I’ve been flying back and forth to see Kenny for the past two years and I try to visit him every other month. Now, I’m not good at math (I wrote papers about math and played tic-tac-toe in my college math class and I still barely passed— but that’s a whole other blog post), but after flying more than 3,000 miles round trip each time I go out there, you’d think I would have racked up enough frequent flier miles by now to have a free trip, right? Wrong.
I’m sure this would be the case if I had stuck with one particular airline, but I’m cheap so I fly by who offers me the cheapest flight. This means I’m part of the Frontier, American Airlines, and Delta flier programs, all of which only give you super-flier status if you fly around a million miles with them.
I think I’m pretty close to getting a free flight (or at least the next membership level which means I’ll get a free drink and movie on a flight – whoop) on Delta and Frontier, but here’s my dilemma: I’m about to book two more trips for June and July, but the cheapest flight is on American. Do I pay around $100 more for each trip out there just so I can get the extra miles? Or do I go the cheaper route and just hope that someday I reach the next membership level.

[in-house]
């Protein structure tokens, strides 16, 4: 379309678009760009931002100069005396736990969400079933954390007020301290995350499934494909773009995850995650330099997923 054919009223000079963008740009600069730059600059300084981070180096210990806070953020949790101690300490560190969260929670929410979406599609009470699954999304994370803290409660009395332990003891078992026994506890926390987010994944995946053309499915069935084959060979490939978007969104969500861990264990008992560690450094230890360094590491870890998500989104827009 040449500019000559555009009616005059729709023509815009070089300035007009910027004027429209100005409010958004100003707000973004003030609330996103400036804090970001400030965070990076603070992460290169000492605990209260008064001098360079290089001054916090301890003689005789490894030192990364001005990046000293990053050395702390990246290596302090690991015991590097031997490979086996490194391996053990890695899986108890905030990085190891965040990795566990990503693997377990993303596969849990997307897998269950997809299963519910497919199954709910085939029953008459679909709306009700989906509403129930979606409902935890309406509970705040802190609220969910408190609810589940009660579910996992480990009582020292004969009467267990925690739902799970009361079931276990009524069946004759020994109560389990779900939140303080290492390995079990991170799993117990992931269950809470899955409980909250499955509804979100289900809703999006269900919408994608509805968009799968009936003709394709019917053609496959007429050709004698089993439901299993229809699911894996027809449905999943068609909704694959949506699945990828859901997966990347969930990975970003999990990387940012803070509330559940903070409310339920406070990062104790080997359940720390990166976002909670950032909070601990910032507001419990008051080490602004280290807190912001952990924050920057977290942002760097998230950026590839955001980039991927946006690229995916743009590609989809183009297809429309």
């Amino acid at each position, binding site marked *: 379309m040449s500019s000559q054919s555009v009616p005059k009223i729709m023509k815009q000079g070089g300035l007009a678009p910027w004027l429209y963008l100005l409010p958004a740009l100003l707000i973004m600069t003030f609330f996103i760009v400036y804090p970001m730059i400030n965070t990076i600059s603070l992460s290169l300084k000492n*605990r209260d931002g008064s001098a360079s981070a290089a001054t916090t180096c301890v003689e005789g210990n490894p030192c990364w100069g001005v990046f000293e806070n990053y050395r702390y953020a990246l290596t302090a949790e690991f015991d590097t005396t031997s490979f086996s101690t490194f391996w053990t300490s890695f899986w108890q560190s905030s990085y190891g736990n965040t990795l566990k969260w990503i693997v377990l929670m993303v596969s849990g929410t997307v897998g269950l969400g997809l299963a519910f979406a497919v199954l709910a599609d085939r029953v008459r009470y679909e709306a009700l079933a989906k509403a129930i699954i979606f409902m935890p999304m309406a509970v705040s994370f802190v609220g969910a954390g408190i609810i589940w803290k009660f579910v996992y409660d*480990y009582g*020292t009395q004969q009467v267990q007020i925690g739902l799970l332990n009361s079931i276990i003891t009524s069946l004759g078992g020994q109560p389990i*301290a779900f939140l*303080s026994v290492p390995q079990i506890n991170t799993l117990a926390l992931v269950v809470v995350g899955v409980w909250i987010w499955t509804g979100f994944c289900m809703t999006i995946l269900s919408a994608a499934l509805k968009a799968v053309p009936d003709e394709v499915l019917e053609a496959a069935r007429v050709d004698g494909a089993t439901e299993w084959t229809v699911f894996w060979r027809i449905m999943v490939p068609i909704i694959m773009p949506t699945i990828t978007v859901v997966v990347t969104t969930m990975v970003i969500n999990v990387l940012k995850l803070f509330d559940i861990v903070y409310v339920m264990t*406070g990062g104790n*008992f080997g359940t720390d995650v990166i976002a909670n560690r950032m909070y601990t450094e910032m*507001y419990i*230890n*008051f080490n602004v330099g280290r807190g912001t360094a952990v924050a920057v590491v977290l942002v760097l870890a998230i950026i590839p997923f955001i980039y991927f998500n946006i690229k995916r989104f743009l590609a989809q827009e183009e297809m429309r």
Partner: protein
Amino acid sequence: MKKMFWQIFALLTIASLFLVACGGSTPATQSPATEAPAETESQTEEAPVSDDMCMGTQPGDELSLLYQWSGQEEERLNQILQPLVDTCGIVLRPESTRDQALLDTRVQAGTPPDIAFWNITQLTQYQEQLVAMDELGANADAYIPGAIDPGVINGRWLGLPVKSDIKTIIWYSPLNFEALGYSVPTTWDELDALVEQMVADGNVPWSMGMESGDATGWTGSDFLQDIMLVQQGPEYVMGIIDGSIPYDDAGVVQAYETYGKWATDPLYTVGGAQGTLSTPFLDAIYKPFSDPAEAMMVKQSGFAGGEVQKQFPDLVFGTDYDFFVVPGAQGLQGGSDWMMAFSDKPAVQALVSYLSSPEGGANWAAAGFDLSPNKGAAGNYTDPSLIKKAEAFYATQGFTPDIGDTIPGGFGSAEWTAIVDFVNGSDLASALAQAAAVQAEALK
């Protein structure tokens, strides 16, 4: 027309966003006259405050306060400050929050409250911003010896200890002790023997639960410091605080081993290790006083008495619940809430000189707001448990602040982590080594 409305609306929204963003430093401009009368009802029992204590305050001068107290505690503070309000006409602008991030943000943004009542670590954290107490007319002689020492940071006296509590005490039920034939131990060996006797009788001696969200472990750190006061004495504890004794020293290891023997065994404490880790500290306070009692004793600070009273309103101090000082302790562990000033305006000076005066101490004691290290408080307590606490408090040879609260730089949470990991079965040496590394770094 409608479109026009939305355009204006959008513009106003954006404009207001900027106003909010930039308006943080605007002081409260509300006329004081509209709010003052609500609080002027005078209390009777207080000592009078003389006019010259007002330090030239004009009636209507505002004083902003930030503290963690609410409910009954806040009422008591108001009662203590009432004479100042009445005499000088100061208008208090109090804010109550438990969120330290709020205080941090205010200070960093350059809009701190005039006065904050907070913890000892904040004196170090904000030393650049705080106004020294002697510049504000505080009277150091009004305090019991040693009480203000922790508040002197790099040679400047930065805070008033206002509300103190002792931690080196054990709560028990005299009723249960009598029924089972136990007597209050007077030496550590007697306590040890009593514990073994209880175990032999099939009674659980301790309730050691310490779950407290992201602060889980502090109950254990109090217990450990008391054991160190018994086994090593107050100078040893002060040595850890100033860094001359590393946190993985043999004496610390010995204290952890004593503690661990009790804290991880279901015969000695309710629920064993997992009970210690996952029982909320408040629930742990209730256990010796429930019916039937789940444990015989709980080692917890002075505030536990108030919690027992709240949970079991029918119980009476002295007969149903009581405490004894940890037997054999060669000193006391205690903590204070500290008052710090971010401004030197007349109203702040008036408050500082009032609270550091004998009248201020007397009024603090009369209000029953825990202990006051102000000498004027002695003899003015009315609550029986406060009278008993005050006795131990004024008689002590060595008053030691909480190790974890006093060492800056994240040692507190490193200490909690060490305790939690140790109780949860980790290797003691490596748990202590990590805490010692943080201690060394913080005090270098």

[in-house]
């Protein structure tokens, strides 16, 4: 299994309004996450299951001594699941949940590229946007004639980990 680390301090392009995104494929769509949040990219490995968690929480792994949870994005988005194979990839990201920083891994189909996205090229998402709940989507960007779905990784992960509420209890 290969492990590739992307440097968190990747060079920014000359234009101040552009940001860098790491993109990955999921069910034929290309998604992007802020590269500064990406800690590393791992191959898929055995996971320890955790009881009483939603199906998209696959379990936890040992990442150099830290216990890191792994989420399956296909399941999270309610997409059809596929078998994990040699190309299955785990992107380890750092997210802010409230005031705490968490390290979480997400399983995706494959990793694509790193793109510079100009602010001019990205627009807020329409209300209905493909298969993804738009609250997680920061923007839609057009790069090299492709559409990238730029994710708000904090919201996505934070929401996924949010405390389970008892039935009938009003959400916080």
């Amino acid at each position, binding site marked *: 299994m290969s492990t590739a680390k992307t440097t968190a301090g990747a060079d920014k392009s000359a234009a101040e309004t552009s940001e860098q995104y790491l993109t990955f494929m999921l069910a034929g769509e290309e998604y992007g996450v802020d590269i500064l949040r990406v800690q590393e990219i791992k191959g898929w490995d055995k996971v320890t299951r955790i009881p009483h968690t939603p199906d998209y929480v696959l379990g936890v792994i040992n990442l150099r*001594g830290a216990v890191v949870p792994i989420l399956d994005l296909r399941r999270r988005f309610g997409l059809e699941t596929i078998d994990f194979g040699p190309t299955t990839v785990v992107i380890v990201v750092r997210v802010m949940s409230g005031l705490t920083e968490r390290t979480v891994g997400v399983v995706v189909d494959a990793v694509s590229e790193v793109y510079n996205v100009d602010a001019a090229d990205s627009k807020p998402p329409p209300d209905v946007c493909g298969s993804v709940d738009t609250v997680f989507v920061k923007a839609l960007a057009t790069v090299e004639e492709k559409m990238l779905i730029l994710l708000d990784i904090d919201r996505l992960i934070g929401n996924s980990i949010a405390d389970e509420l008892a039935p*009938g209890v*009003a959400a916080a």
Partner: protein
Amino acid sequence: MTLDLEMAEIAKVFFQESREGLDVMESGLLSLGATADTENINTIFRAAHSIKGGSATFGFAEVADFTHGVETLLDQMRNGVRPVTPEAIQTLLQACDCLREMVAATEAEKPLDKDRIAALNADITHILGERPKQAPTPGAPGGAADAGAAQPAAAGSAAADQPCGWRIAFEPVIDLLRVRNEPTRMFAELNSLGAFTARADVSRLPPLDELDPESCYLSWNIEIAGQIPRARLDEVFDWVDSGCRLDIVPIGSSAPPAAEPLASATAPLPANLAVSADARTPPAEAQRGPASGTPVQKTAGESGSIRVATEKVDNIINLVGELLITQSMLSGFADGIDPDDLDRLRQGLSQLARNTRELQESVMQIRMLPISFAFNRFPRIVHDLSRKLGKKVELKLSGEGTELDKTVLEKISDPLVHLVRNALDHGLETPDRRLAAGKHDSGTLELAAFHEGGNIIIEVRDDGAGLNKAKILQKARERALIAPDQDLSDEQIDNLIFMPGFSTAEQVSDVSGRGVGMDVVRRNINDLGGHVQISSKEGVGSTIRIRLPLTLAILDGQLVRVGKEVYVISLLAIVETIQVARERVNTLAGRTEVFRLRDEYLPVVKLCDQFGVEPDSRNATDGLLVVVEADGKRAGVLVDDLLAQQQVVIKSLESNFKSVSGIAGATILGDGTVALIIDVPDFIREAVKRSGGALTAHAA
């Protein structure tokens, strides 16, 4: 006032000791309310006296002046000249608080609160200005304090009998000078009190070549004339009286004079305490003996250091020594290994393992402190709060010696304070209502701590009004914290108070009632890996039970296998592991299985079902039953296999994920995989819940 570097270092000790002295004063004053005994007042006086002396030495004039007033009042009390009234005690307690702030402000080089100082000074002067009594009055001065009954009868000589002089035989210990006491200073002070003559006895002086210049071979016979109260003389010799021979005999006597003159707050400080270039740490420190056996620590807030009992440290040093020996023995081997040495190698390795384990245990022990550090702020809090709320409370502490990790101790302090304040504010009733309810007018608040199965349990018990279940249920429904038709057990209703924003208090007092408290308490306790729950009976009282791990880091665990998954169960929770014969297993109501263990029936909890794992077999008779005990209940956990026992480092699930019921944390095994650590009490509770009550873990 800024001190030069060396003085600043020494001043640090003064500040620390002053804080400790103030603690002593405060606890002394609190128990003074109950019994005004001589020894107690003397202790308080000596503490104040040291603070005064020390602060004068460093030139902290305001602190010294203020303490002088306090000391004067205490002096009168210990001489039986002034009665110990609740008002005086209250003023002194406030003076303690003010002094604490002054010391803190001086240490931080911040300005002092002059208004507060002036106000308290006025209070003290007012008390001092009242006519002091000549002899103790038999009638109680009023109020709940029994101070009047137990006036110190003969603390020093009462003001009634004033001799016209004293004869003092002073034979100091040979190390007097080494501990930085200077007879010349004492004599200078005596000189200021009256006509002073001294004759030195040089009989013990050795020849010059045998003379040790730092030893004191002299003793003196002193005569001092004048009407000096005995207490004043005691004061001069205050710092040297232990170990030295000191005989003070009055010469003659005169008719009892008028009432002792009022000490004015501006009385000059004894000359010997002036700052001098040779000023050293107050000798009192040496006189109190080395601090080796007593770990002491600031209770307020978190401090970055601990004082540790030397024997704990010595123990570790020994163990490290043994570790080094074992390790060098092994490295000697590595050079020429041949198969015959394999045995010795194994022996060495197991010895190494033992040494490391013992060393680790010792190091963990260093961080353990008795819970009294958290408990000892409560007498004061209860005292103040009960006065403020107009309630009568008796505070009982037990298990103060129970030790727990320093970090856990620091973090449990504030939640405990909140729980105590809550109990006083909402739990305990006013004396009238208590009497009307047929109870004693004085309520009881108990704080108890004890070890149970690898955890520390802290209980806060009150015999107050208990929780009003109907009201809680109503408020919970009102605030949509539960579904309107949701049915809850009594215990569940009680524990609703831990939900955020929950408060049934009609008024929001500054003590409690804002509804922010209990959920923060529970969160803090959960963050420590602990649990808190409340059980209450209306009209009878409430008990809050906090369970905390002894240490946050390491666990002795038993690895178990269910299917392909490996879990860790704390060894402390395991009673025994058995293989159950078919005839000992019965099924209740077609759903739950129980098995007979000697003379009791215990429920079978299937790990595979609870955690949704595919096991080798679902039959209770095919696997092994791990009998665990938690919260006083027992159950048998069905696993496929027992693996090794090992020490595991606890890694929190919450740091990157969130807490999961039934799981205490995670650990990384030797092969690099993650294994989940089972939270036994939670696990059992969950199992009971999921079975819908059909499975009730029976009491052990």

Hmm that’s a tough one. I honestly don’t know. : I know nothing about airline prices and such, but maybe there’s a chance of the price getting cheaper?
Depends on how many miles you need to get to the next level. If it’s too many than you should go for the cheap flight and hope that you will get a free flight someday.
Yeah, I could see going both ways.
I’ve done tons of flying too to see the husband and if I stuck to one airlines it could have been nice–but I was like you and always just went for the cheapest. I’m short sighted perhaps and rather have the cheaper flight now. I suppose looking into how many more miles you need and if it is an obtainable number then maybe.